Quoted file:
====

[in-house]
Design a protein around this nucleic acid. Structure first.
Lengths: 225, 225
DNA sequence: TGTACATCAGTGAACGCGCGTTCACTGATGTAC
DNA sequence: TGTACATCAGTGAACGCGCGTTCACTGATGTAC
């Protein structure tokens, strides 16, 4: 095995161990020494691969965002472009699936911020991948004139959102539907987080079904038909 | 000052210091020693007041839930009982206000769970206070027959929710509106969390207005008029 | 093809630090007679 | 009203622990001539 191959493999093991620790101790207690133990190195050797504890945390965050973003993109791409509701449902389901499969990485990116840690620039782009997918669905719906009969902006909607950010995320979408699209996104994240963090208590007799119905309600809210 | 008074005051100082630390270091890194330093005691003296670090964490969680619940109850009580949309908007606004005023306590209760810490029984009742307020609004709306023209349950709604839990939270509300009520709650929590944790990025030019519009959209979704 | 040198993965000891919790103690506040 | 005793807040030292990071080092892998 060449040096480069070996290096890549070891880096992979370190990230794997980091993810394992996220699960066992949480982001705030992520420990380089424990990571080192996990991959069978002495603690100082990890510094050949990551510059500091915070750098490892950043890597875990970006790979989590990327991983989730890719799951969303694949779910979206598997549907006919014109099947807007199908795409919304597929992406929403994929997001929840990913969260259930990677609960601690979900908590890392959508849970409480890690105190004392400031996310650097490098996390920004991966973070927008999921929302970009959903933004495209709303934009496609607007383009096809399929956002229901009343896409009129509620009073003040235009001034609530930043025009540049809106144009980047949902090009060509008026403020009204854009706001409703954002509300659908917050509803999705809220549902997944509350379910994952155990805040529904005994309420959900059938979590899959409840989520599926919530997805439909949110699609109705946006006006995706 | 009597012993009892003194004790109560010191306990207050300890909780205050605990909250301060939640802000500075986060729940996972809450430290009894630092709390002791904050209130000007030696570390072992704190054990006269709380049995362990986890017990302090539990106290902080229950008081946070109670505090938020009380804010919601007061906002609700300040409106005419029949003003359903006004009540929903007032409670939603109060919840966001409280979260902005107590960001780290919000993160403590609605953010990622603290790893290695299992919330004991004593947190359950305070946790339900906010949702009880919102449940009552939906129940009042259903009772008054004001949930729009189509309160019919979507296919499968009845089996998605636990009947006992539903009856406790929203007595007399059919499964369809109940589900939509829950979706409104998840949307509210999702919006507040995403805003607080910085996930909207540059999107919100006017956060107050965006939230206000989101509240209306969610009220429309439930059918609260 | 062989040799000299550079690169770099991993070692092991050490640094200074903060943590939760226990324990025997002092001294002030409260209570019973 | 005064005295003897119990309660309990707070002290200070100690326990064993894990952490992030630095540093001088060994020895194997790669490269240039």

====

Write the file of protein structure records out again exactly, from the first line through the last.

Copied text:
[in-house]
Design a protein around this nucleic acid. Structure first.
Lengths: 225, 225
DNA sequence: TGTACATCAGTGAACGCGCGTTCACTGATGTAC
DNA sequence: TGTACATCAGTGAACGCGCGTTCACTGATGTAC
């Protein structure tokens, strides 16, 4: 095995161990020494691969965002472009699936911020991948004139959102539907987080079904038909 | 000052210091020693007041839930009982206000769970206070027959929710509106969390207005008029 | 093809630090007679 | 009203622990001539 191959493999093991620790101790207690133990190195050797504890945390965050973003993109791409509701449902389901499969990485990116840690620039782009997918669905719906009969902006909607950010995320979408699209996104994240963090208590007799119905309600809210 | 008074005051100082630390270091890194330093005691003296670090964490969680619940109850009580949309908007606004005023306590209760810490029984009742307020609004709306023209349950709604839990939270509300009520709650929590944790990025030019519009959209979704 | 040198993965000891919790103690506040 | 005793807040030292990071080092892998 060449040096480069070996290096890549070891880096992979370190990230794997980091993810394992996220699960066992949480982001705030992520420990380089424990990571080192996990991959069978002495603690100082990890510094050949990551510059500091915070750098490892950043890597875990970006790979989590990327991983989730890719799951969303694949779910979206598997549907006919014109099947807007199908795409919304597929992406929403994929997001929840990913969260259930990677609960601690979900908590890392959508849970409480890690105190004392400031996310650097490098996390920004991966973070927008999921929302970009959903933004495209709303934009496609607007383009096809399929956002229901009343896409009129509620009073003040235009001034609530930043025009540049809106144009980047949902090009060509008026403020009204854009706001409703954002509300659908917050509803999705809220549902997944509350379910994952155990805040529904005994309420959900059938979590899959409840989520599926919530997805439909949110699609109705946006006006995706 | 009597012993009892003194004790109560010191306990207050300890909780205050605990909250301060939640802000500075986060729940996972809450430290009894630092709390002791904050209130000007030696570390072992704190054990006269709380049995362990986890017990302090539990106290902080229950008081946070109670505090938020009380804010919601007061906002609700300040409106005419029949003003359903006004009540929903007032409670939603109060919840966001409280979260902005107590960001780290919000993160403590609605953010990622603290790893290695299992919330004991004593947190359950305070946790339900906010949702009880919102449940009552939906129940009042259903009772008054004001949930729009189509309160019919979507296919499968009845089996998605636990009947006992539903009856406790929203007595007399059919499964369809109940589900939509829950979706409104998840949307509210999702919006507040995403805003607080910085996930909207540059999107919100006017956060107050965006939230206000989101509240209306969610009220429309439930059918609260 | 062989040799000299550079690169770099991993070692092991050490640094200074903060943590939760226990324990025997002092001294002030409260209570019973 | 005064005295003897119990309660309990707070002290200070100690326990064993894990952490992030630095540093001088060994020895194997790669490269240039």